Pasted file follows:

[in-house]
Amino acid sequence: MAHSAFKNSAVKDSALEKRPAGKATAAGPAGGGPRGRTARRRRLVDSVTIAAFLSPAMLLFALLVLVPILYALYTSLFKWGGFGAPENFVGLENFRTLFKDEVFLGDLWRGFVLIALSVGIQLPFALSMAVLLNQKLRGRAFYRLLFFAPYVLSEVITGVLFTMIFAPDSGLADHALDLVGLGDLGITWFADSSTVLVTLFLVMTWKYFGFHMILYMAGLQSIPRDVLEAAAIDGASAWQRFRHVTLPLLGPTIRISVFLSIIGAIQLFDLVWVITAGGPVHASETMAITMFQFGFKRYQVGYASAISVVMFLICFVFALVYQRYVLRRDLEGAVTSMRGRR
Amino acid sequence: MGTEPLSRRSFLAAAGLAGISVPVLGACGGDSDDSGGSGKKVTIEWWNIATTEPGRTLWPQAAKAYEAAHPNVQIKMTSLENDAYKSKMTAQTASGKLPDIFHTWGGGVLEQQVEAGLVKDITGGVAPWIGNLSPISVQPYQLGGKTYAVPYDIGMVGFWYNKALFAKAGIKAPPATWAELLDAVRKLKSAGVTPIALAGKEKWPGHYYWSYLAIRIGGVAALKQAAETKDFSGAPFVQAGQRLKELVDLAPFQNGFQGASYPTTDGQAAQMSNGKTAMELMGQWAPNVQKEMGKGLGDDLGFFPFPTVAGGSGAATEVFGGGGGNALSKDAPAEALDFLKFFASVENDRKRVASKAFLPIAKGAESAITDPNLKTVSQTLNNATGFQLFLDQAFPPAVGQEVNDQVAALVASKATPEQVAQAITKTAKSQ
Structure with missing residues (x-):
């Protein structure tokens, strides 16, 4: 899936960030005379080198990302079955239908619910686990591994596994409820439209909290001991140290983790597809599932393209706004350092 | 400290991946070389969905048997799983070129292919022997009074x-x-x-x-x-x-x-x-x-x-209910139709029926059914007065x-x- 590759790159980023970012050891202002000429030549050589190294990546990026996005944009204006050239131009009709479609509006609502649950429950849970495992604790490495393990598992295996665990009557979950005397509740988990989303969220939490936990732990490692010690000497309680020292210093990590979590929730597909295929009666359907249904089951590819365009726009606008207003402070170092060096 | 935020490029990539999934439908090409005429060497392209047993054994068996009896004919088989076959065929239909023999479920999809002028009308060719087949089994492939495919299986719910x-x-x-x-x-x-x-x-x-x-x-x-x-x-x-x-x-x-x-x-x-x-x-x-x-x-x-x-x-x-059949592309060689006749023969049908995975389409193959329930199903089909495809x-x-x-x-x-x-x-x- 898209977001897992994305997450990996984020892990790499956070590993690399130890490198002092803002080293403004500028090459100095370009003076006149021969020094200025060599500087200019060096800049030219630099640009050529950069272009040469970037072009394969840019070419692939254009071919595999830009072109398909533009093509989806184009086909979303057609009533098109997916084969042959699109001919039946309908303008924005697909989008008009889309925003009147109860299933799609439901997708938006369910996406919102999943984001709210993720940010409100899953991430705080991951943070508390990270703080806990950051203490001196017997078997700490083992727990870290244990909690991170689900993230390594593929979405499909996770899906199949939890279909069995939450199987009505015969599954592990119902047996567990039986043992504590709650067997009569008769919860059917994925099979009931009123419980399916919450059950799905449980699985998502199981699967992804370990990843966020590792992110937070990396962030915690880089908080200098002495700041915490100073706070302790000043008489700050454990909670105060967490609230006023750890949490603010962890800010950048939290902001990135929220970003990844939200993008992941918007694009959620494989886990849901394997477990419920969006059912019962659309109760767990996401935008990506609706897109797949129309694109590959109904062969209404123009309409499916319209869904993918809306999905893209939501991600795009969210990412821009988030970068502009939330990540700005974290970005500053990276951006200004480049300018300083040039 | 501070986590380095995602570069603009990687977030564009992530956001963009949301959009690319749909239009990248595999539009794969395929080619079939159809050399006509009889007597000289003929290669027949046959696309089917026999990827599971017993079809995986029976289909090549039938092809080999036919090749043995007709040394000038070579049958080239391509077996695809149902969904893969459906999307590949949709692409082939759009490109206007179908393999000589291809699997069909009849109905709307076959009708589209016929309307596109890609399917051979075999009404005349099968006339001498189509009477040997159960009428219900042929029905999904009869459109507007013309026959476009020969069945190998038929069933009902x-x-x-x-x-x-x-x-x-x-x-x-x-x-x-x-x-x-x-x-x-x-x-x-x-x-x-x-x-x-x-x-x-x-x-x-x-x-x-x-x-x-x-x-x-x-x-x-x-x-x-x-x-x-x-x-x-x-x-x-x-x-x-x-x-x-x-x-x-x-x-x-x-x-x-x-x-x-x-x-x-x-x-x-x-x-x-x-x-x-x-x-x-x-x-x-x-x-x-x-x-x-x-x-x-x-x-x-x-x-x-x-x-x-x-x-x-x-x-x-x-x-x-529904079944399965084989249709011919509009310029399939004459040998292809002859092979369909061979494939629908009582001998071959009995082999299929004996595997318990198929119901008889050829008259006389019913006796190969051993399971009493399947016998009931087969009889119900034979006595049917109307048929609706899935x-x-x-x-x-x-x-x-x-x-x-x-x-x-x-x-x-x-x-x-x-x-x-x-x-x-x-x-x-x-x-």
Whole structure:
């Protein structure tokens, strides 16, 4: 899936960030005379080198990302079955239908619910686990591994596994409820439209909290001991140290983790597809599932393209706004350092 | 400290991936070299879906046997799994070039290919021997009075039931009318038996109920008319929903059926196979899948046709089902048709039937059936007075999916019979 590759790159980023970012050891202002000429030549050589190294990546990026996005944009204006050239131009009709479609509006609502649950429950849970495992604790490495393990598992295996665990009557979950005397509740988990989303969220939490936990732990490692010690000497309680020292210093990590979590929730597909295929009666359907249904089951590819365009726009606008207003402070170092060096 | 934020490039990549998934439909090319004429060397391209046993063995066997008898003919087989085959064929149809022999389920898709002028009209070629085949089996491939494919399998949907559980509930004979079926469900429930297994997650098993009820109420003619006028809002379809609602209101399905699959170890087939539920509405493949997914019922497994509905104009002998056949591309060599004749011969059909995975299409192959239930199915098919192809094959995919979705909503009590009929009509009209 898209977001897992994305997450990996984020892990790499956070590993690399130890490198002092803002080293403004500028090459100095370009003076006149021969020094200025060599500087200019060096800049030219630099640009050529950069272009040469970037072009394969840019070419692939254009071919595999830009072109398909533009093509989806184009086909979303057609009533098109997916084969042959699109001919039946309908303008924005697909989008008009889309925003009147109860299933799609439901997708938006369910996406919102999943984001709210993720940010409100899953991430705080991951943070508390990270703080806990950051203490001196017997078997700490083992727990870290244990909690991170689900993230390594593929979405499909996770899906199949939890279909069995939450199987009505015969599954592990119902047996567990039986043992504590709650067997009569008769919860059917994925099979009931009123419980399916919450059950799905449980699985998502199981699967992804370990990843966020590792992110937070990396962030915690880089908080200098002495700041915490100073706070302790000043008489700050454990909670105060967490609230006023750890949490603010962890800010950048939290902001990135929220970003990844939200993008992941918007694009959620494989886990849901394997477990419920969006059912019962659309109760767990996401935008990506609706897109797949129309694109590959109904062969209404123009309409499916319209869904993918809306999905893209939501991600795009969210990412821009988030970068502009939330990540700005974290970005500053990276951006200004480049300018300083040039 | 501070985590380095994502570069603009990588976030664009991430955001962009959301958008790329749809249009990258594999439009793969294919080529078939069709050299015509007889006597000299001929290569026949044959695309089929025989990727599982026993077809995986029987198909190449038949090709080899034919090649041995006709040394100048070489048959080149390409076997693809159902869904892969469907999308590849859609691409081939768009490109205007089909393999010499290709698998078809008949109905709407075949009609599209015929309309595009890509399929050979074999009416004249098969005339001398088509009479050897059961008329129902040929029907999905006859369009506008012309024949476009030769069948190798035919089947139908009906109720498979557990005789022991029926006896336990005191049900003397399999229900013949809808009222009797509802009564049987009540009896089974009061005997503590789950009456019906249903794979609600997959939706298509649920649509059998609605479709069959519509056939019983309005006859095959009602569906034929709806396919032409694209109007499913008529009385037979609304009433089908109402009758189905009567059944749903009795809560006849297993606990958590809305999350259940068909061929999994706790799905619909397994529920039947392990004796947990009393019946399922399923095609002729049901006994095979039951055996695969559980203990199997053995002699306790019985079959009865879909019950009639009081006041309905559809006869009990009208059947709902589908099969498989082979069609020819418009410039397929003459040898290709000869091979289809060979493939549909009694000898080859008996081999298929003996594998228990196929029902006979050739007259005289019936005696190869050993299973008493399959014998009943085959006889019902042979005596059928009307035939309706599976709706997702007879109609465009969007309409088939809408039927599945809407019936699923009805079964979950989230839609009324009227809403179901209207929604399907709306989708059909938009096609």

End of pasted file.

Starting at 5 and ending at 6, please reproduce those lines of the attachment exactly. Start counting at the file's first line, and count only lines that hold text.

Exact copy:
């Protein structure tokens, strides 16, 4: 899936960030005379080198990302079955239908619910686990591994596994409820439209909290001991140290983790597809599932393209706004350092 | 400290991946070389969905048997799983070129292919022997009074x-x-x-x-x-x-x-x-x-x-209910139709029926059914007065x-x- 590759790159980023970012050891202002000429030549050589190294990546990026996005944009204006050239131009009709479609509006609502649950429950849970495992604790490495393990598992295996665990009557979950005397509740988990989303969220939490936990732990490692010690000497309680020292210093990590979590929730597909295929009666359907249904089951590819365009726009606008207003402070170092060096 | 935020490029990539999934439908090409005429060497392209047993054994068996009896004919088989076959065929239909023999479920999809002028009308060719087949089994492939495919299986719910x-x-x-x-x-x-x-x-x-x-x-x-x-x-x-x-x-x-x-x-x-x-x-x-x-x-x-x-x-x-059949592309060689006749023969049908995975389409193959329930199903089909495809x-x-x-x-x-x-x-x- 898209977001897992994305997450990996984020892990790499956070590993690399130890490198002092803002080293403004500028090459100095370009003076006149021969020094200025060599500087200019060096800049030219630099640009050529950069272009040469970037072009394969840019070419692939254009071919595999830009072109398909533009093509989806184009086909979303057609009533098109997916084969042959699109001919039946309908303008924005697909989008008009889309925003009147109860299933799609439901997708938006369910996406919102999943984001709210993720940010409100899953991430705080991951943070508390990270703080806990950051203490001196017997078997700490083992727990870290244990909690991170689900993230390594593929979405499909996770899906199949939890279909069995939450199987009505015969599954592990119902047996567990039986043992504590709650067997009569008769919860059917994925099979009931009123419980399916919450059950799905449980699985998502199981699967992804370990990843966020590792992110937070990396962030915690880089908080200098002495700041915490100073706070302790000043008489700050454990909670105060967490609230006023750890949490603010962890800010950048939290902001990135929220970003990844939200993008992941918007694009959620494989886990849901394997477990419920969006059912019962659309109760767990996401935008990506609706897109797949129309694109590959109904062969209404123009309409499916319209869904993918809306999905893209939501991600795009969210990412821009988030970068502009939330990540700005974290970005500053990276951006200004480049300018300083040039 | 501070986590380095995602570069603009990687977030564009992530956001963009949301959009690319749909239009990248595999539009794969395929080619079939159809050399006509009889007597000289003929290669027949046959696309089917026999990827599971017993079809995986029976289909090549039938092809080999036919090749043995007709040394000038070579049958080239391509077996695809149902969904893969459906999307590949949709692409082939759009490109206007179908393999000589291809699997069909009849109905709307076959009708589209016929309307596109890609399917051979075999009404005349099968006339001498189509009477040997159960009428219900042929029905999904009869459109507007013309026959476009020969069945190998038929069933009902x-x-x-x-x-x-x-x-x-x-x-x-x-x-x-x-x-x-x-x-x-x-x-x-x-x-x-x-x-x-x-x-x-x-x-x-x-x-x-x-x-x-x-x-x-x-x-x-x-x-x-x-x-x-x-x-x-x-x-x-x-x-x-x-x-x-x-x-x-x-x-x-x-x-x-x-x-x-x-x-x-x-x-x-x-x-x-x-x-x-x-x-x-x-x-x-x-x-x-x-x-x-x-x-x-x-x-x-x-x-x-x-x-x-x-x-x-x-x-x-x-x-x-529904079944399965084989249709011919509009310029399939004459040998292809002859092979369909061979494939629908009582001998071959009995082999299929004996595997318990198929119901008889050829008259006389019913006796190969051993399971009493399947016998009931087969009889119900034979006595049917109307048929609706899935x-x-x-x-x-x-x-x-x-x-x-x-x-x-x-x-x-x-x-x-x-x-x-x-x-x-x-x-x-x-x-």
Whole structure: